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Monday, August 01 2011
What your child eats has a major impact on learning. Here are the best foods to help your child make the grade.

If you want to give your kids an academic edge this school year, you may ask them to study harder, spend less time in front of the TV, or log more hours at the library. But those aren’t the only ways to boost their brainpower. The key to good grades could be as close as your kitchen according to a 2008 Journal of School Health study which found that the quality of a child’s diet was directly linked to academic performance. Before your kids hit the books, make sure they fuel up with these power foods first.

Try: Whole Grain Marshmallow Crispy Bars

Related: Benefits of Eating Breakfast






Photo: Jennifer Davick; Buffy Hargett; Vanessa McNeil Rocchio

Photo: Jennifer Davick; Buffy Hargett; Vanessa McNeil Rocchio

Chili
Chili, a unique combo of beef, beans, and tomatoes, dishes up a hefty dose of iron, a mineral kids need to deliver oxygen to their brains. Making yours with lean cuts of beef, like top or bottom round, can keep it healthy by slashing saturated fat. You can also trim the fat by using 95 percent lean ground sirloin and draining off the excess fat after sauteing. Prefer to go meatless? No worries. The tomatoes in chili are rich in vitamin C which helps your child soak up more iron from the beans.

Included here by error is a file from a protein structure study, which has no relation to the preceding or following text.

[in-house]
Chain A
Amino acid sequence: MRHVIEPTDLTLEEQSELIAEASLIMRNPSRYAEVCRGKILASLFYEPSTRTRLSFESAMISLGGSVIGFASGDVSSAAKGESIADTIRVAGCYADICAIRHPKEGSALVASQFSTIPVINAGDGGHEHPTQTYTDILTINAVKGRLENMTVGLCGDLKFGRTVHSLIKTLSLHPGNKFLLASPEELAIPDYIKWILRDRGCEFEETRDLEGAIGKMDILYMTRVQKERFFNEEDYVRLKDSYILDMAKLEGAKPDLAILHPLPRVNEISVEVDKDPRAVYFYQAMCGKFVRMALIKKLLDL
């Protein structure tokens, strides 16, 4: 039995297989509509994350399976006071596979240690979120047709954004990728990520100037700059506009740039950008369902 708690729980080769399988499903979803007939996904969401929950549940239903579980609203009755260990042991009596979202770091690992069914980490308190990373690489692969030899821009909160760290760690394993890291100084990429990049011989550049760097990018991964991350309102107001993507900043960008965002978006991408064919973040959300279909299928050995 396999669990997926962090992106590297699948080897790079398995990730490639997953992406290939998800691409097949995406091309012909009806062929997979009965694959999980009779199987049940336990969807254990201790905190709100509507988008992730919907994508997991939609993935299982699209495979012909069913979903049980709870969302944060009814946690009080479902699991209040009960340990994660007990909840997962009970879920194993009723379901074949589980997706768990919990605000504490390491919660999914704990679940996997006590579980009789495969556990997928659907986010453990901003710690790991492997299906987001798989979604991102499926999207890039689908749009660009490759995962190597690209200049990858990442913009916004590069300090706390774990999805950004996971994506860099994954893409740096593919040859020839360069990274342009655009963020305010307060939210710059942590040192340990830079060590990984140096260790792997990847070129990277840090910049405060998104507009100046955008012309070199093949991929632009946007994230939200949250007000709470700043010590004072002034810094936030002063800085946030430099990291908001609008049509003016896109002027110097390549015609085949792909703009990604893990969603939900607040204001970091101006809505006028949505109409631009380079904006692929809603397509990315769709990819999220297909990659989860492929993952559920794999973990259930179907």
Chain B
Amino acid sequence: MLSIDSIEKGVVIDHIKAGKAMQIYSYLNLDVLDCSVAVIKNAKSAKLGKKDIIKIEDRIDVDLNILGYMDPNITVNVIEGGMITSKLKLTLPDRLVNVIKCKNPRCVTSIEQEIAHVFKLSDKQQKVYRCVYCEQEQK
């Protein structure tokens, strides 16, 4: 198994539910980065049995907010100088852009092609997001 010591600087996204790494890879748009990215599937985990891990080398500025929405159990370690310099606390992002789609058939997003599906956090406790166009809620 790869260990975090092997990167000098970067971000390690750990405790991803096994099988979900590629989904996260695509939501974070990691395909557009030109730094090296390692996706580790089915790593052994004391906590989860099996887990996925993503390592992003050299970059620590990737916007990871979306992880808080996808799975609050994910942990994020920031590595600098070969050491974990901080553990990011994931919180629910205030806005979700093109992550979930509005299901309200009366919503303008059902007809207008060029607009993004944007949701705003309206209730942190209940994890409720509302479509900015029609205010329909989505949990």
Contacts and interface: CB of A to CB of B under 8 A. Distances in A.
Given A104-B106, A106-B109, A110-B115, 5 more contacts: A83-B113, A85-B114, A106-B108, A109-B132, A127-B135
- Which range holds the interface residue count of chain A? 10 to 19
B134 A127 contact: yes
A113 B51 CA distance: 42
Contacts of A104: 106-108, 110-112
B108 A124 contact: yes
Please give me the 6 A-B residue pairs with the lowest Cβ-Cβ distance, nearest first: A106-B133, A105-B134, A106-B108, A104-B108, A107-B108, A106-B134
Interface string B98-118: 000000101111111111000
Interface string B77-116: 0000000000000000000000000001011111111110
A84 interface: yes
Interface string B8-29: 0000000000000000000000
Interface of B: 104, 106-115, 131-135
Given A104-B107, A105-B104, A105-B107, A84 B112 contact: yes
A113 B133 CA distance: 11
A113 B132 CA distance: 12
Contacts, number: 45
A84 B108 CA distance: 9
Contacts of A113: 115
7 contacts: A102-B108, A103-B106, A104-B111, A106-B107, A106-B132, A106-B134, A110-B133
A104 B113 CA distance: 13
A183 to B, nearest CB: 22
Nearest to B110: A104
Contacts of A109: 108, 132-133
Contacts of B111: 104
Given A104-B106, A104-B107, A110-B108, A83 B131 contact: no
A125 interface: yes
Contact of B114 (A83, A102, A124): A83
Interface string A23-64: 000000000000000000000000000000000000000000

Try: Slow-Cooker Veggie Chili

Related: 10 Healthy Chili Recipes






Photo: Becky Luigart-Stayner; Styling: Rose Nguyen

Photo: Becky Luigart-Stayner; Styling: Rose Nguyen

Pasta

If you feel guilty about serving white pasta to your child, you don’t have to. Unlike white bread, semolina flour used to make most dry pasta is packed with slowly digested carbs which kids need to provide a steady stream of fuel to their brains. It’s also fortified with iron too. Just one cup of cooked spaghetti serves up roughly 20 percent of the iron a school aged child needs in a day. Top it with tomato sauce and you’ll up its iron absorption even more.

Try: Spaghetti with Tomato Sauce

Related: 7 Ways to Cook With Spaghetti






Photo: Jim Franco

Photo: Jim Franco

Eggs

Kids who eat breakfast perform better on math and reading tests and pay more attention in school. Why not scramble up some eggs? They’re rich in choline, a nutrient needed to produce acetylcholine (a neurotransmitter that’s critical for memory). For a quick, portable morning meal, tuck a scrambled egg into a warm corn tortilla and top with a dash of salsa. One large egg sports half the daily choline a four to eight year old requires and a third of the choline needed for kids ages nine to 13.

Try: Scrambled Egg Burritos

Keep Reading: Back to School Brain Food






More from My Recipes:

Pack a Lunch With a Healthy Punch
Make Ahead Lunchbox Snacks
Kid-Approved Breakfast Bites
 
Posted by: Send a Meal AT 10:57 am   |  Permalink   |  0 Comments  |  Email
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